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Vol. 51. Issue 9.
Pages 471-472 (September 2015)
Vol. 51. Issue 9.
Pages 471-472 (September 2015)
Letter to the Editor
DOI: 10.1016/j.arbr.2014.10.015
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Bronchial Schwannoma: An Uncommon Tumor
Schwannoma bronquial, un tumor poco frecuente
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Pedro Landete, Eusebi Chiner
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echinervives@gmail.com

Corresponding author.
, José Norberto Sancho-Chust, Patricia Pérez-Ferrer
Servicio de Neumología, Hospital Universitario San Juan de Alicante, San Juan, Alicante, Spain
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To the Editor,

Bronchial schwannomas, also known as granular cell tumors and myoblastomas, are uncommon benign tumors1 that rarely occur in the bronchi. Disease course is benign and treatment of choice is surgery.

A 40-year-old woman, smoker of 20 pack-years, with clinical criteria for chronic bronchitis, presented in the emergency department with a 2-day history of fever 39°C, general malaise, dry cough, myalgia, headache, and pharyngeal pain. Chest X-ray revealed alveolar infiltrate in the left upper lobe (LUL). A diagnosis of community-acquired pneumonia was given, and she was prescribed levofloxacin 500mg for 7 days in an outpatient setting. Four weeks later, a radiological control was performed and the patient was referred to the respiratory medicine department. During anamnesis, she reported a long history of episodes of lower respiratory tract infections. Physical examination and blood test results were normal. Chest X-ray showed LUL atelectasis with left hilar elevation. Chest computed tomography revealed a 2cm nodular lesion in the LUL, causing partial atelectasis, with no mediastinal or hilar lymphadenopathies. Spirometric results were normal. Fiberoptic bronchoscopy showed a pedunculated lesion in the left bronchial tree, obstructing the upper lobe. The lesion surface was smooth, shiny and vascularized. It was contingent on the carina dividing the lobes, and there was no adhesion to the lateral walls. Biopsy showed fusiform, polygonal cells and granular cytoplasm with immunohistochemical (IHC) expression of neuron-specific enolase, S100 protein and vimentin (Fig. 1), indicative of LUL schwannoma.

Fig. 1.

(A) An area of bronchial epithelium can be seen on lower magnification (top right, darker area). The rest of the sample consists of tumor tissue. (B) Fusiform cells and granular cytoplasma can been seen on greater magnification. Bronchial schwannoma or granular cell tumor. (C) Immunohistochemistry positive for S100 (darker staining).

(0.27MB).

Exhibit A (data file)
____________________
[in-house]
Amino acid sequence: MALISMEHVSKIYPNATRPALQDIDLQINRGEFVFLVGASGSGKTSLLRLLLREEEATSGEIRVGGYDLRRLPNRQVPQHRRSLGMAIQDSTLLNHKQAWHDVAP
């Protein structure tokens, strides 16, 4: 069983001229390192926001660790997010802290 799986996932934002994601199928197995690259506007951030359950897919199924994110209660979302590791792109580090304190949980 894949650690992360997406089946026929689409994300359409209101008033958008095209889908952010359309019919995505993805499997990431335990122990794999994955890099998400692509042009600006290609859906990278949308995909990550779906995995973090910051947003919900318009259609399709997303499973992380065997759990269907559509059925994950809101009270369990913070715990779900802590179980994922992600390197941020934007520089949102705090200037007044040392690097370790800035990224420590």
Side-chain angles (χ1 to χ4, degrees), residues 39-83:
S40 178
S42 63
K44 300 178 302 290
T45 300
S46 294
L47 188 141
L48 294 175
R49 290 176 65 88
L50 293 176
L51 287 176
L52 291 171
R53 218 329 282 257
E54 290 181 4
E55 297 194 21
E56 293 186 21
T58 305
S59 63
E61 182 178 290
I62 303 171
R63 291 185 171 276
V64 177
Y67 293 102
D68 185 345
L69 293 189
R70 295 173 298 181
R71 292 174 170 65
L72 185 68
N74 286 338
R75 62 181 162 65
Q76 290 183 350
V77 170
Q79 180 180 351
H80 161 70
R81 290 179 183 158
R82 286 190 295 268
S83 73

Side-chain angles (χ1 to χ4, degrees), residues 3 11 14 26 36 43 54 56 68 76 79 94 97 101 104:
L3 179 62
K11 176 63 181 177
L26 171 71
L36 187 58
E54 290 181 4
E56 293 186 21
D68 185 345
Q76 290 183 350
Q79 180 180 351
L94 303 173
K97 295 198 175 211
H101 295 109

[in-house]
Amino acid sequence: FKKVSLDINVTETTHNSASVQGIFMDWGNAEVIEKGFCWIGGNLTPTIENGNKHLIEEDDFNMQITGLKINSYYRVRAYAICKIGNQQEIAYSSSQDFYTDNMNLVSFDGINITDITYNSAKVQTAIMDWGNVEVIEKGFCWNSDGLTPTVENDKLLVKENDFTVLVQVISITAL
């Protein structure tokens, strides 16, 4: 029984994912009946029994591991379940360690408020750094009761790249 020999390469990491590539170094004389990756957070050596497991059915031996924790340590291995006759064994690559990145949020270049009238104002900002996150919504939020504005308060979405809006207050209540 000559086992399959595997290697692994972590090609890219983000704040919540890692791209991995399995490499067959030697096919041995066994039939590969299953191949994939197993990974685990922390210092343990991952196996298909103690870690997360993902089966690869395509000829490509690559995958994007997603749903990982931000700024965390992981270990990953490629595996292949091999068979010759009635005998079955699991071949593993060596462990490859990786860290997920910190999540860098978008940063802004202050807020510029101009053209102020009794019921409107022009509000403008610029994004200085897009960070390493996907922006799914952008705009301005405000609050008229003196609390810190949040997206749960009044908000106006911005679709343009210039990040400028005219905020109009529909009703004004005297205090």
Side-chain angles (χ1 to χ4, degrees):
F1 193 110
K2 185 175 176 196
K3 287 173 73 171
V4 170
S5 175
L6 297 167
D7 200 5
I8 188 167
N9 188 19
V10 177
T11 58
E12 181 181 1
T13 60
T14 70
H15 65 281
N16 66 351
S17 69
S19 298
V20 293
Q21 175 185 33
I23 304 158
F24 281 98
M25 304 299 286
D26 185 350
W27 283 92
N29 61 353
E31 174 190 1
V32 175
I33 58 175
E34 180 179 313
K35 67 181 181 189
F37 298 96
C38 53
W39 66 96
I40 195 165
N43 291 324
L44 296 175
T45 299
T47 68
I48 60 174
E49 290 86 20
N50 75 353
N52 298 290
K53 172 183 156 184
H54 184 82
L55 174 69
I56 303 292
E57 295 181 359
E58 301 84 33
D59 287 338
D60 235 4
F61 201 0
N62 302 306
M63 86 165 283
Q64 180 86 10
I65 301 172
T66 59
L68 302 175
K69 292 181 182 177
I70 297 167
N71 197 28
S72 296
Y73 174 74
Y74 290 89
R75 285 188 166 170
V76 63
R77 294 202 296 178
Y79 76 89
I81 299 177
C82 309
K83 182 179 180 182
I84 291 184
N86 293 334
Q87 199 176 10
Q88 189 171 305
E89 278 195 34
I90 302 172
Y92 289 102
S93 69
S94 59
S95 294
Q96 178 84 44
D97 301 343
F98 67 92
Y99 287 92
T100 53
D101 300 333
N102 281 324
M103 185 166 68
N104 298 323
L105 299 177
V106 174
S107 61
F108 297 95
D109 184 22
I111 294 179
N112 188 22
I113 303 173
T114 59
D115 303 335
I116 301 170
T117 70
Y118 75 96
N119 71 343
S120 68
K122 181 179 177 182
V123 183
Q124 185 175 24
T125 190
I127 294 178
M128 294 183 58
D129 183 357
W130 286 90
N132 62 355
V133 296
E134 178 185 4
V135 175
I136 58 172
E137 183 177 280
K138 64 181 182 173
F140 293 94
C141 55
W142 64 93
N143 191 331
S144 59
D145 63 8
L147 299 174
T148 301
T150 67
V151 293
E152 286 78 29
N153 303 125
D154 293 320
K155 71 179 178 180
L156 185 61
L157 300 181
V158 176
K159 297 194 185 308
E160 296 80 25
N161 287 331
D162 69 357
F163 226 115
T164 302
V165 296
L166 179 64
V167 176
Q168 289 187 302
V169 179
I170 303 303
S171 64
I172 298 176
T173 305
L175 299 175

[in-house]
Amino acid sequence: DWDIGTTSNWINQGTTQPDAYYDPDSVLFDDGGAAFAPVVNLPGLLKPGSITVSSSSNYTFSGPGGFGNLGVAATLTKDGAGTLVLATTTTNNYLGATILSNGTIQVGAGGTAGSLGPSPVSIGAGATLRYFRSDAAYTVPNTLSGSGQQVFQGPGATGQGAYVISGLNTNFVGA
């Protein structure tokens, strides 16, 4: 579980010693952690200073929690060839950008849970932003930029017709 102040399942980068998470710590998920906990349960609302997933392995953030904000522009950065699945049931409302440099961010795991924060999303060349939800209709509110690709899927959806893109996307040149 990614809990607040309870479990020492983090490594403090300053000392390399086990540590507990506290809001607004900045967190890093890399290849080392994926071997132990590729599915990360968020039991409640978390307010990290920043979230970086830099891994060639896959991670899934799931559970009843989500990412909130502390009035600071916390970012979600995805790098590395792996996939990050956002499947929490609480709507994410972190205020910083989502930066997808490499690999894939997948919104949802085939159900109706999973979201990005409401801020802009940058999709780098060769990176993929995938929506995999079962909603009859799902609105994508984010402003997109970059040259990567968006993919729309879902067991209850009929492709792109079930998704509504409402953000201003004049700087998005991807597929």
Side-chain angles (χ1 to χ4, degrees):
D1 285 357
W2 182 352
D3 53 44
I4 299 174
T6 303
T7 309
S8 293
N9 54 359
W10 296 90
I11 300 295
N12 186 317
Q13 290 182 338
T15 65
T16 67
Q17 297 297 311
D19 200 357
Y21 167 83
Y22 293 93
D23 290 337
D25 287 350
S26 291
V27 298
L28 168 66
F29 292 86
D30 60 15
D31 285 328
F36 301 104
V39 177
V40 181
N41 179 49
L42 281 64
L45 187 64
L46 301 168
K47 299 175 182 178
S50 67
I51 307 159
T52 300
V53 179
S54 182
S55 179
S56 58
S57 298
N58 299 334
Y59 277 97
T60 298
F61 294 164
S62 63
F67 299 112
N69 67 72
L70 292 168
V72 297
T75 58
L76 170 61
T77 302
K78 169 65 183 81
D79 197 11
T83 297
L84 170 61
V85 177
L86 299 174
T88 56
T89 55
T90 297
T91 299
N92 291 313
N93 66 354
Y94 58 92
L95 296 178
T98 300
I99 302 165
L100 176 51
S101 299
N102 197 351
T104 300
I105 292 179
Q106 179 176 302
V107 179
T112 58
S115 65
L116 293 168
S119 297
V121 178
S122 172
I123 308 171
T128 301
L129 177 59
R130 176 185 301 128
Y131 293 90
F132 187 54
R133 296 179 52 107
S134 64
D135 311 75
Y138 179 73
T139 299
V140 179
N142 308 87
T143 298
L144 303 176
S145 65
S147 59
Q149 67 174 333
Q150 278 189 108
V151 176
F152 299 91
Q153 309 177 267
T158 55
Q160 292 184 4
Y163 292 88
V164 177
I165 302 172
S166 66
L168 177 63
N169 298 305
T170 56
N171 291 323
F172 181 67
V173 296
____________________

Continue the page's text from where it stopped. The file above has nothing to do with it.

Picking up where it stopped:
The LUL was lobectomized, and the patient did not require any further treatment.

Schwannomas are extremely rare1 benign tumors, originating in the Schwann cells that produce the myelin sheath of the peripheral nerves. The first case was described by Feckner in 1938, and at least 80 cases have been published since then. These are slow-growing tumors, that do not infiltrate the neuronal axon, but which can affect nerve conduction by extrinsic compression. They appear in wide range of sites, the most common of which are the skin and the tongue.2 Endobronchial presentation occurs in only 6% of cases.2,3

Schwannomas generally occur in middle age, and no differences are observed between sexes.1 Clinical presentation can very, and is determined by the size and location. Early symptoms include asthma, unproductive cough, recurrent infections (as in our case), fever, dyspnea and hemoptysis.2,3 Lesions tend to develop in the large bronchi or in bifurcatons.3,4 Up to 25% may be multiple, and they can even mimic metastasis, if they occur concomitantly with other neoplasms.2 Radiographs can be useful in differential diagnosis, but definitive diagnosis is usually obtained on fiberoptic bronchoscopy for atelectasis and secondary pneumonia, as in our case.2,3

On histological examination, tumor cells are polygonal and fusiform, with granular cytoplasma. On IHC, antigen expression is positive for S100 protein, vimentin, neuron-specific enolase, and negative for keratins.4

While endoscopic resection has been recommended for treating small lesions, surgical resection is still the treatment of choice due to the risk of recurrence, irrespective of tumor size.3,5 Prognosis is favorable, and mean survival after surgery is longer than 5 years.1

Conflict of Interests

The authors state that they have no conflict of interests.

References
[1]
J.B. Shrager, L.R. Kaiser.
Benign lung tumors.
Pearson's thoracic-esophageal surgery, 3rd ed., pp. 691-693
[2]
M. Deavers, D. Guinee, M.N. Koss, M.D. Travis.
Granular cell tumor of the lung. Clinicopathologic study of 20 cases.
Am J Surg Pathol, 19 (1995), pp. 627-635
[3]
J.C. Durán Toconás, G.A. Obeso Carillo, M.Á. Cañizares Carretero.
Granular cell tumours: an uncommon endobronchial neoplasm.
Arch Bronconeumol, 47 (2011), pp. 214
[4]
M.A. Meyer, J.M. Becker, W. Quinones.
Endobronchial granular cell tumor: a case report.
J Radiol Case Rep, 4 (2010), pp. 29-35
[5]
M. Jiang, T. Anderson, C. Nwogu, D. Tan.
Pulmonary malignant granular cell tumor.
World J Surg Oncol, 1 (2003), pp. 1-22

Please cite this article as: Landete P, Chiner E, Sancho-Chust JN, Pérez-Ferrer P. Schwannoma bronquial, un tumor poco frecuente. Arch Bronconeumol. 2015;51:471–472.

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